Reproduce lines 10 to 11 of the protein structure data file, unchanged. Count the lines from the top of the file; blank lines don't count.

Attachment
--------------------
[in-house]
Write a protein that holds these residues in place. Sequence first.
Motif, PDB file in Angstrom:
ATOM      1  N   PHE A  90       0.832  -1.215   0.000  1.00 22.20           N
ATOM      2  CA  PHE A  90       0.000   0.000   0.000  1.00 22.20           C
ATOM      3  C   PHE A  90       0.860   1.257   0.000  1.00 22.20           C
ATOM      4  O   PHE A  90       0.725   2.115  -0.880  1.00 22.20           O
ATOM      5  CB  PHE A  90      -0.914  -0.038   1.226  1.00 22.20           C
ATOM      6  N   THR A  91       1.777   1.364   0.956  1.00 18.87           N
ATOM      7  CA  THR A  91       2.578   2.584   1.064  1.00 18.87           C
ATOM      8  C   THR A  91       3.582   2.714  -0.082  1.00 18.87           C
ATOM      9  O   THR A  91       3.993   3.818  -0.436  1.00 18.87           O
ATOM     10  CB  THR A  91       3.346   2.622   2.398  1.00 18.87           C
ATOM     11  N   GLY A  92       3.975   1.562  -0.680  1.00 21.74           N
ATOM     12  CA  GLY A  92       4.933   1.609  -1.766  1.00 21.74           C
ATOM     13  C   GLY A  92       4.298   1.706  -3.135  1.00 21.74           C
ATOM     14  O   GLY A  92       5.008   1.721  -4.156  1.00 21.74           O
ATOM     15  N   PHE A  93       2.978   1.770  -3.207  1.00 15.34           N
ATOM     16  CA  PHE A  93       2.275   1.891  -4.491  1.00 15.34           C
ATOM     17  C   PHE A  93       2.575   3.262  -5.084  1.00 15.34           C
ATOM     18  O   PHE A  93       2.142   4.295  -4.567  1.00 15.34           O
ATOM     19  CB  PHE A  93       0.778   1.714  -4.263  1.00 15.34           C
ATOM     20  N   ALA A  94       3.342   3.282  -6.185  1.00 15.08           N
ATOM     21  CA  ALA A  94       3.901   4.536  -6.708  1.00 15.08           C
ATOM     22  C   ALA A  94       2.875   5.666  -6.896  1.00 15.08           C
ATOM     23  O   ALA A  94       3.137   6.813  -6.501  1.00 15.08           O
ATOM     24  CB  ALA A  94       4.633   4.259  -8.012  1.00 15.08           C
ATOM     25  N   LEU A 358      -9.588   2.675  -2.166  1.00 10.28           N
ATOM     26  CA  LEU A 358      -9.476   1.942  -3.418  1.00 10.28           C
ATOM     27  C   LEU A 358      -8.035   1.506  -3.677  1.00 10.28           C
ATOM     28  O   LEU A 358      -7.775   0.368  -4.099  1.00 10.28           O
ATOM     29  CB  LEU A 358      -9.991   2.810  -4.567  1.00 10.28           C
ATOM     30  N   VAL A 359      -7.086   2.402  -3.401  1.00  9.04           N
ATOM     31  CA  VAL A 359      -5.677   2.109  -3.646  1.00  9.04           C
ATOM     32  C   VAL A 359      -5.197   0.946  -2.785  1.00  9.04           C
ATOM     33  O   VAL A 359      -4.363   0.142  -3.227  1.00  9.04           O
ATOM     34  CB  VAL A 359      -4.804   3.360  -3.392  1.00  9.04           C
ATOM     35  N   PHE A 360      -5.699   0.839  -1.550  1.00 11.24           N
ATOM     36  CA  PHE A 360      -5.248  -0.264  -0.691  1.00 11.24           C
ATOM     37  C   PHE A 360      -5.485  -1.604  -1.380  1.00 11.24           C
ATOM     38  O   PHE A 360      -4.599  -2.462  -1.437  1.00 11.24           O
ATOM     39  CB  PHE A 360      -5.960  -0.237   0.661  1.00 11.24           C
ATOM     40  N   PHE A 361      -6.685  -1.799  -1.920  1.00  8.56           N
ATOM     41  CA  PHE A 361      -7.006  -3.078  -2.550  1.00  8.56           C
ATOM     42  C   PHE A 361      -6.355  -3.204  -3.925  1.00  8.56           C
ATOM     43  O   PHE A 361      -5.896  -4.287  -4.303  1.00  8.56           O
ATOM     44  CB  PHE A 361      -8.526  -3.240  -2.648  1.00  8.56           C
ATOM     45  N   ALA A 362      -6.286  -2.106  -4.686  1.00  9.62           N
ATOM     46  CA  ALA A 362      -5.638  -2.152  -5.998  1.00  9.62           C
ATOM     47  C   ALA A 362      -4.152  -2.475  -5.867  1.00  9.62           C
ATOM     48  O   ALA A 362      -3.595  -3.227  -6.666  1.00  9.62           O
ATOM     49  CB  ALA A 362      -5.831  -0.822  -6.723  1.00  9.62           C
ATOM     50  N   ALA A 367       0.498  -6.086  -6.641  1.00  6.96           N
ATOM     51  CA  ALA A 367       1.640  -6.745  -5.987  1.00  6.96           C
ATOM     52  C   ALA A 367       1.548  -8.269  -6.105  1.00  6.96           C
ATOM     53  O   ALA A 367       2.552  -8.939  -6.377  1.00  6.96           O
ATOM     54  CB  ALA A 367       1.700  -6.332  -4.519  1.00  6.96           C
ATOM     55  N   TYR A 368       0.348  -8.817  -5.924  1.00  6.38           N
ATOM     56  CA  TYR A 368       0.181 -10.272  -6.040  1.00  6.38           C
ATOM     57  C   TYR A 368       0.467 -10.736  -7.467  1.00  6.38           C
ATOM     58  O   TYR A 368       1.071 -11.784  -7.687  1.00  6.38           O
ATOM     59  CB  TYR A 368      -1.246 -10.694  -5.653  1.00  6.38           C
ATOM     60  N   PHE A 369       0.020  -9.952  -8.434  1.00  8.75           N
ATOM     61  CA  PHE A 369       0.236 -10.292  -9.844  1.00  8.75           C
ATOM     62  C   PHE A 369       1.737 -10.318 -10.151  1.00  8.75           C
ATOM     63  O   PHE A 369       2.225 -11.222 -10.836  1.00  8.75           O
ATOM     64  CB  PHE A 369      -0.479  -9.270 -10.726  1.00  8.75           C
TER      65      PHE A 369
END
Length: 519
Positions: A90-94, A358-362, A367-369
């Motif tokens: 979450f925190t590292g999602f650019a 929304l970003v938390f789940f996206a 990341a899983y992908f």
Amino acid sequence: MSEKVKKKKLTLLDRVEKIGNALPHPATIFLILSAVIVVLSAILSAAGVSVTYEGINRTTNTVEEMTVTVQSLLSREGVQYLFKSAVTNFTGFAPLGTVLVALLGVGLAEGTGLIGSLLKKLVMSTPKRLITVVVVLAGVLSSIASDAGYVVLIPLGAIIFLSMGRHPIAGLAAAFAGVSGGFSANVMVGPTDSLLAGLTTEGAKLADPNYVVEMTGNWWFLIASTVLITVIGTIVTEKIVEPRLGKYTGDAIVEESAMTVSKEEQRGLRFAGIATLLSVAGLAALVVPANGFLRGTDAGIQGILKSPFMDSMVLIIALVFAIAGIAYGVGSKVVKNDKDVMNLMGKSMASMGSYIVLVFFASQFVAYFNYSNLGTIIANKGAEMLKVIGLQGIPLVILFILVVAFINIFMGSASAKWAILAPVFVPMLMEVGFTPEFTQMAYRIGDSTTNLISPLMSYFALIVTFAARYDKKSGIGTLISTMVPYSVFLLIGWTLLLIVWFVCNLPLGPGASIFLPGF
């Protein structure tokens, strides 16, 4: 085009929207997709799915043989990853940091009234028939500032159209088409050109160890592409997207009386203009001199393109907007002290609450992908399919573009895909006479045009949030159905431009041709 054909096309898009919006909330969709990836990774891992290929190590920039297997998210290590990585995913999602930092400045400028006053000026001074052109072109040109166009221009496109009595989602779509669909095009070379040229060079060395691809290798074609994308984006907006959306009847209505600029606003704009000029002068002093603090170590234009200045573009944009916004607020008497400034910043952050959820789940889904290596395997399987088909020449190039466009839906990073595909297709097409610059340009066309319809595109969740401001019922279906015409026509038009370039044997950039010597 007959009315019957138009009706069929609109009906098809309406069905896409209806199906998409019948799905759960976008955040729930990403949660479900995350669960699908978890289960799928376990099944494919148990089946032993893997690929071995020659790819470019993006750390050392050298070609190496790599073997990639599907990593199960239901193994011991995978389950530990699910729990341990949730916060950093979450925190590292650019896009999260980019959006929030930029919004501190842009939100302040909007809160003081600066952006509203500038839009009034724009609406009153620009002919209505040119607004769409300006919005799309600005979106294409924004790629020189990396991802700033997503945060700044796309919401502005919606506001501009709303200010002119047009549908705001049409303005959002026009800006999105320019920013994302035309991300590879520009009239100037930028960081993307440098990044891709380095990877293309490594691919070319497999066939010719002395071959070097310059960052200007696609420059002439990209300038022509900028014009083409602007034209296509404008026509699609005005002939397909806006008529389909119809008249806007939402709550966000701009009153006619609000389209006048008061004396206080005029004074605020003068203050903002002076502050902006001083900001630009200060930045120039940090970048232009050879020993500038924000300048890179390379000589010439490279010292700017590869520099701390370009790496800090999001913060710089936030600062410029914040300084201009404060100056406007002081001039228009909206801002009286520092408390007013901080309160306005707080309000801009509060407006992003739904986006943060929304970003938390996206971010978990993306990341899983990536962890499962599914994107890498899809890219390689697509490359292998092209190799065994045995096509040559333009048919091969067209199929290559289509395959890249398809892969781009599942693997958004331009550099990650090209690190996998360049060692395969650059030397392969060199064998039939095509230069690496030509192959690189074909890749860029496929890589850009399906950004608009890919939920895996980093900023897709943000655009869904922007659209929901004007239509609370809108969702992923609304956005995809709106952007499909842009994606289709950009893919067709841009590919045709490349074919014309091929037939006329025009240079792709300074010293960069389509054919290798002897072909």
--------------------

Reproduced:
ATOM      7  CA  THR A  91       2.578   2.584   1.064  1.00 18.87           C
ATOM      8  C   THR A  91       3.582   2.714  -0.082  1.00 18.87           C